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Wimborne Chinese Medicine Clinic Newsletter - Spring 2009 Welcome to the Year of the Ox, which starts on the 26th Jan. The Ox symbolizes prosperity through fortitude and hard work. Those born under the influence of the Ox or Buffalo are fortunate to be stable and persevering. The typical Ox is a tolerant person with a strong character; and it‟s said that few people equal the resolution and fearlessness that the Ox exhibits when deciding to accomplish a task. They work hard in the knowledge that hard work and sustained efforts will bring success, and are not believers in get-rich-quick schemes. Reassuringly Barack Obama was born under the sign of the Ox; let‟s hope it really is going to be his year. George Bush was a Dog; patriotic, idealistic & a crusader against tyranny & oppression! If you haven‟t seen it, the Clinic has launched a websitewhich
has allowed a number of changes to the way I work to occur; there‟s an online Consultation Form
that can be downloaded and filled in prior to the first treatment. People have so far been very happy
with it, as it gives them the opportunity to reflect rather than be put on the spot for an answer, it also
means that I can quickly gain an overview and focus on the “important bits”, so it‟s cut time and cost
too. There are also special Sports Injury and Children’s Clinics that are running; these have
shorter appointment times and are priced at £25.
It also means that I can highlight links to interesting research One of the areas that acupuncture
(and Chinese Herbs) is getting a lot of positive publicity at the moment is in the field of fertility
assistance; research suggests that acupuncture increases conception rates by 65%; links to the
relevant articles are available on the site. I will include other links to good articles as and when they
appear, and I come across them. My thanks to David Carmichael for all the hard work he‟s put into
creating and managing the site. The website has also provided the necessary impetus to change the
look of all the Clinic literature. If you‟d prefer to receive news via email please let me know by
contacting me at
Late hours: just to remind people know that the clinic is open to 7.30pm on Wednesdays and to
7.00pm on Thursdays so that people can make it after work.
There‟s an Open Day at the Clinic on the morning of Saturday 7th March; if you know someone
who‟s curious and would like to pop in to see what it‟s all about, please let them know!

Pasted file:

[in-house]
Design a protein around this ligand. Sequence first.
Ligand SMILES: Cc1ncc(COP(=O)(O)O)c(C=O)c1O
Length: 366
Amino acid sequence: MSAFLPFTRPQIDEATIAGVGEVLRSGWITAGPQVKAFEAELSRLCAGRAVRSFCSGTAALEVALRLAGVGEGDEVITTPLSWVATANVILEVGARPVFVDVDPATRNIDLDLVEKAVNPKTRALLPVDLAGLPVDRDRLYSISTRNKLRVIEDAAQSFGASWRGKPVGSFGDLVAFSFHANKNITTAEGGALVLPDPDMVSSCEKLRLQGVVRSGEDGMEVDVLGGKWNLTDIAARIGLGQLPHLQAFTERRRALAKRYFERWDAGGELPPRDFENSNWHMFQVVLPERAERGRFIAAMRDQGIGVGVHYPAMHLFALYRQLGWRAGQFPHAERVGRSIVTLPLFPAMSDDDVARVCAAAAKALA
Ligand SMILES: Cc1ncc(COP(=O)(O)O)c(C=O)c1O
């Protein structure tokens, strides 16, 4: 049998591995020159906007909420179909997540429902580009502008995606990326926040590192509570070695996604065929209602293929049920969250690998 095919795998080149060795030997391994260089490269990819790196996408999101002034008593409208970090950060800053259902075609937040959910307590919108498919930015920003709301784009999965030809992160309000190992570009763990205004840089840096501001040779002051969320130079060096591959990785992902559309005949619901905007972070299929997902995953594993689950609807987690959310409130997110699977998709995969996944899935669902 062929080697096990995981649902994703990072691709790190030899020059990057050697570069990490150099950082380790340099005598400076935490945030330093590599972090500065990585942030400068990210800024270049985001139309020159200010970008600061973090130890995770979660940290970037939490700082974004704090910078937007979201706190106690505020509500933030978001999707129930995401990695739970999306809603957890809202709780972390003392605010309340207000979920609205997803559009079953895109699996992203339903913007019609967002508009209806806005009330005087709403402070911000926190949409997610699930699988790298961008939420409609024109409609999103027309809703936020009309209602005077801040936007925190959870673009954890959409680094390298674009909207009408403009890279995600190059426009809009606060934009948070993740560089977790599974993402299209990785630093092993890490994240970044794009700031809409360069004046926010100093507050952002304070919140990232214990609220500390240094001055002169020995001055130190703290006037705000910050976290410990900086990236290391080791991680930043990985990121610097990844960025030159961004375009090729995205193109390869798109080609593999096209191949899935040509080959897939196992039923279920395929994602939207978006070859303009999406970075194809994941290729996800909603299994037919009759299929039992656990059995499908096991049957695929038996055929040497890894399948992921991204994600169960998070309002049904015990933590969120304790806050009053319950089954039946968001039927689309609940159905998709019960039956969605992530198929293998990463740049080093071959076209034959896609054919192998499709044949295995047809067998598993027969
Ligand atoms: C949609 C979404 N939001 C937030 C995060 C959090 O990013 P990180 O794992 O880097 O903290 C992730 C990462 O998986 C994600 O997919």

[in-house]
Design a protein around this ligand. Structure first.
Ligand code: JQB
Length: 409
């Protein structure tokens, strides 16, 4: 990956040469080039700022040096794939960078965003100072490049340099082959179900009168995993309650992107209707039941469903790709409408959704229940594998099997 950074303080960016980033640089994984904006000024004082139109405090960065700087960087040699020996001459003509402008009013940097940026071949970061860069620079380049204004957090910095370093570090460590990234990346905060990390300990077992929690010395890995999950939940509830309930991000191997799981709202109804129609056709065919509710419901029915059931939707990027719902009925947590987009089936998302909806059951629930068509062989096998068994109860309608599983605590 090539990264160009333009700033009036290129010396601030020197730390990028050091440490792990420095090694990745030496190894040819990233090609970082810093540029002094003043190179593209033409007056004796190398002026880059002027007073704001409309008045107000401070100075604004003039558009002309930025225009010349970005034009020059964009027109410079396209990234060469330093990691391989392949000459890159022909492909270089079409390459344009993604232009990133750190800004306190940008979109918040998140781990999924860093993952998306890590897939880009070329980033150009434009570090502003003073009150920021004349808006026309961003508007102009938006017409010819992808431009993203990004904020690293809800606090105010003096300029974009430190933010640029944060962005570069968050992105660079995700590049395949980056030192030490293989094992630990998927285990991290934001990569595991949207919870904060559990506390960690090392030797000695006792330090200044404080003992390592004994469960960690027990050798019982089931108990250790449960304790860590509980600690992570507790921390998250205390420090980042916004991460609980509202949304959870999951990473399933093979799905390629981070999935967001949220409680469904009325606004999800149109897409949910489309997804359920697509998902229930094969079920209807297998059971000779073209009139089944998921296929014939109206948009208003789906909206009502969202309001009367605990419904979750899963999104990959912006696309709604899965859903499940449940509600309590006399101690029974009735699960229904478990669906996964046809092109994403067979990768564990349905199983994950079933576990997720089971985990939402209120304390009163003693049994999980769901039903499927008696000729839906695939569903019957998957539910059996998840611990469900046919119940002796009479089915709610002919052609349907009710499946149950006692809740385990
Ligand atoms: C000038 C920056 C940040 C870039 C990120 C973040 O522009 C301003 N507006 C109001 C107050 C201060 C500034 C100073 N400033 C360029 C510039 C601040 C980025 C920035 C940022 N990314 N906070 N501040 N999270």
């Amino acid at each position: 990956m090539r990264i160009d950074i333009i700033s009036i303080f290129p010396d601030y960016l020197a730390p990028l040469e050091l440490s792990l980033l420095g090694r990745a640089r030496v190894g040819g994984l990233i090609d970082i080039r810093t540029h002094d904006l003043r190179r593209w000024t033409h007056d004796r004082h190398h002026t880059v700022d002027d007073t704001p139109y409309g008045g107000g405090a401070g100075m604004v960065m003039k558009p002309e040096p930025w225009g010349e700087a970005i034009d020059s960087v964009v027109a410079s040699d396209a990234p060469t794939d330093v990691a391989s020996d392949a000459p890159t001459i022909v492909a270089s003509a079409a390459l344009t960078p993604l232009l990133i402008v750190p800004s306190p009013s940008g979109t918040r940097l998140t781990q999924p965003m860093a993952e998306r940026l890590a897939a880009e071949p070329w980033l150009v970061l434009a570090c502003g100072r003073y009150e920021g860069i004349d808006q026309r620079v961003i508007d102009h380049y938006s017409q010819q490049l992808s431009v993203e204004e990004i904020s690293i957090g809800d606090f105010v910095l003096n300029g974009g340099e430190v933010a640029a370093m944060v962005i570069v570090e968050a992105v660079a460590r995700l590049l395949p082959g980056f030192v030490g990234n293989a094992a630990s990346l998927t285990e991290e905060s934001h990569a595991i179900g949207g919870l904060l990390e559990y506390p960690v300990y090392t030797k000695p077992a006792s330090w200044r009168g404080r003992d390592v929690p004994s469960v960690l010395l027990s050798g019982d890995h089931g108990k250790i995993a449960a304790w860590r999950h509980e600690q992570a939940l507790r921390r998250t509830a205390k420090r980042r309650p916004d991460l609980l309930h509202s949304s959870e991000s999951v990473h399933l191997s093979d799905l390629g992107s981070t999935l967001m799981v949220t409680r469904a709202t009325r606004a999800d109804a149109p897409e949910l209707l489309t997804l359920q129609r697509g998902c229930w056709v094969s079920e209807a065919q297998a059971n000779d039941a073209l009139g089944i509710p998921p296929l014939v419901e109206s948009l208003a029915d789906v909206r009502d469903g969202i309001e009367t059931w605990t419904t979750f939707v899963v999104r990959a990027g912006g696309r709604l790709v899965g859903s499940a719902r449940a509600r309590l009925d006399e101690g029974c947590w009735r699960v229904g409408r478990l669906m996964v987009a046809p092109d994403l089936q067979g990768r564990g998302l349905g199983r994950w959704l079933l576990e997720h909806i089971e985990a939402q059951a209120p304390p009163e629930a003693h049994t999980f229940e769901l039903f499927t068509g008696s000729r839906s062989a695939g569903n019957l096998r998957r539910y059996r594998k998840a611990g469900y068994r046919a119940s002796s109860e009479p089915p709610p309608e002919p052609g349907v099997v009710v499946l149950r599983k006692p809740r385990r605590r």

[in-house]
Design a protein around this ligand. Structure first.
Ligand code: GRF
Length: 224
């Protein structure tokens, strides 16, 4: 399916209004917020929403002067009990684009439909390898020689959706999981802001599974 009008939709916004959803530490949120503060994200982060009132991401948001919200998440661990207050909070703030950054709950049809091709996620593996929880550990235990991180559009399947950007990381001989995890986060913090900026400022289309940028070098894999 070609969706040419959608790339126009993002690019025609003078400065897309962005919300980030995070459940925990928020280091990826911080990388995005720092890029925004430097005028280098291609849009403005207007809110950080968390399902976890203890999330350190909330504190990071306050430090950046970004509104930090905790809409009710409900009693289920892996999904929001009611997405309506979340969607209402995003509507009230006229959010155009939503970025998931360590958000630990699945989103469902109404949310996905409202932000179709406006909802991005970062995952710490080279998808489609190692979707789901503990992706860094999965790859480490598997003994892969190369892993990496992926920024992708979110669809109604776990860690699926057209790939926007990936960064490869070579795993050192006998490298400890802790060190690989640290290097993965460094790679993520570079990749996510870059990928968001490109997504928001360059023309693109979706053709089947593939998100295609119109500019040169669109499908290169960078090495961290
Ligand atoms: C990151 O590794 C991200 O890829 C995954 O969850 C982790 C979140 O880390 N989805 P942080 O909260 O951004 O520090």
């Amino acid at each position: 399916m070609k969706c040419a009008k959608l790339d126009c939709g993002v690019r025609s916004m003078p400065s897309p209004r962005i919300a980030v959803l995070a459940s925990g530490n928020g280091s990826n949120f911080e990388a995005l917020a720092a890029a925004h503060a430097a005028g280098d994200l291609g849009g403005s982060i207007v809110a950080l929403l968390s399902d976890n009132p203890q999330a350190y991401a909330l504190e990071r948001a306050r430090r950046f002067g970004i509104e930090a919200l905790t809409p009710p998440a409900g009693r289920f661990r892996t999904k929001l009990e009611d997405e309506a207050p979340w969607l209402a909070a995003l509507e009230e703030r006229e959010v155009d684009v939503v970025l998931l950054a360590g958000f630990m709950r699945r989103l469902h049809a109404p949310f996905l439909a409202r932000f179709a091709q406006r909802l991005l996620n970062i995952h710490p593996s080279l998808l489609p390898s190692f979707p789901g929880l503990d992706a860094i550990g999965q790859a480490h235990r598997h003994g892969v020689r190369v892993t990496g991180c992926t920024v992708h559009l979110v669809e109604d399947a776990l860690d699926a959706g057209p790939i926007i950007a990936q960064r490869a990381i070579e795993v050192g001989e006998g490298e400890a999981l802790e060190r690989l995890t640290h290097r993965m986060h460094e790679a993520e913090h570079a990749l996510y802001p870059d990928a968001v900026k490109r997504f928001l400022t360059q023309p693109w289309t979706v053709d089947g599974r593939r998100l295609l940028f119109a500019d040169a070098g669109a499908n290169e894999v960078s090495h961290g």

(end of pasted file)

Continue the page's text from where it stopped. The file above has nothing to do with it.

The Hayfever season is coming, so it seems timely: I first treated Mrs M in 2005; she had started to get hayfever during the pregnancy of her 3rd child ten years before and it had got progressively worse – for the last two years she was on Ventolin as well as antihistamines to help her breathe. Typically the symptoms started in January and lasted till May; she had dry, very itchy eyes and throat, sneezing fits, heavy sweating and a cough that would keep her awake most of the night; understandably she was exhausted and wanted life to improve. In both Chinese and Western medicine hayfever symptoms are the body‟s over-reaction to an external stimulus. The Chinese medical treatment is to clear the body‟s system of the factors that are causing the sneezing etc („flu symptoms if you like), and then to support the immune system so that it stops over-reacting (like a tired toddler). After 2 treatments; the itchy eyes and throat had gone, sneezing was slight but sleep was still a problem; a further treatment and a herbal prescription and she was 90% better except for the odd day that year. Ongoing treatment was carried on throughout the year for other issues which also helped increase her energy. Since 2005 the hayfever has not arrived until March/April with much less extreme symptoms - herbs and acupuncture were given straight away and the problem resolved quickly; she has also been off all Western hayfever medication since 2005. Over-view: the hayfever arose as a result of her “reserves” being exhausted by her third pregnancy and hadn‟t recovered – in fact with 4 small children to look after her energy levels and sleep hours kept falling, her immune system increasingly over-reacted and the hayfever symptoms worsened as a part of the vicious cycle. Acupuncture and Chinese herbs were able to quickly cool down her immune response, (which also meant she slept), and were then able to build up her reserves of energy so that for the last 3 years January no longer signals the onset of 5 months of torment. US Military tries 'battlefield' acupuncture to ease pain Using ancient Chinese medical techniques, a small team of US military doctors has begun treating wounded troops suffering from severe or chronic pain with acupuncture. The technique is proving so successful that the Air Force will begin teaching "battlefield acupuncture" in 2009 to physicians deploying to Iraq and Afghanistan, senior officials have announced. The initiative marks the first high-level endorsement of acupuncture by the traditionally conservative military medical community. Their experience over several years indicates the technique developed by Col. Richard Niemtzow, an Air Force physician, can relieve even unbearable pain for days at time. This enables badly wounded patients to begin to emerge from the daze of pain-killer drugs administered by surgeons in the field. "This is one of the fastest pain attenuators in existence - the pain can be gone in five minutes," said Niemtzow, a physician, acupuncturist and senior adviser to the Air Force surgeon general. He and others stressed that tiny needles cannot replace morphine and other powerful drugs used in combat medicine. And they acknowledged that acupuncture doesn't work for everyone. But neither does acupuncture provoke the kind of adverse side effects, allergic reactions and potential addiction associated with powerful psychotropic drugs often used to dull the pain of the severely wounded. "We use acupuncture as an adjunct to traditional therapy” said Niemtzow. "The Chinese have used it for 5,000 years. It works, and it's powerful." The procedure developed by Niemtzow is a variation of traditional Chinese acupuncture, Niemtzow's variation uses one or more needles inserted into any of five points on the ear. The needles, which penetrate about a millimetre (or 4/100ths of an inch) into the skin, fall out after several days, and the procedure can be repeated. Battlefield acupuncture has been especially effective among patients suffering from a combination of combat wounds, typically a brain injury or severed limbs, burns and penetrating wounds along with severe disorientation and anxiety. For these patients, the alleviation of pain is a critical step in their eventual healing and recovery. "We get damaged and psychologically troubled people here, and our approach is to turn down their pain, let them relax, get some sleep, and then they can focus on their healing," said Air Force Col. Stephen M. Burns. Acupuncture "is very well tolerated and there are very few side effects," apart from occasional bruising, "I think it has tremendous potential for military medicine." [Chinese Medicine Times, 2008] 7 Avenue Road, Wimborne, Dorset. BH21 1BS T: 01202-889897 M: 07815078333 W: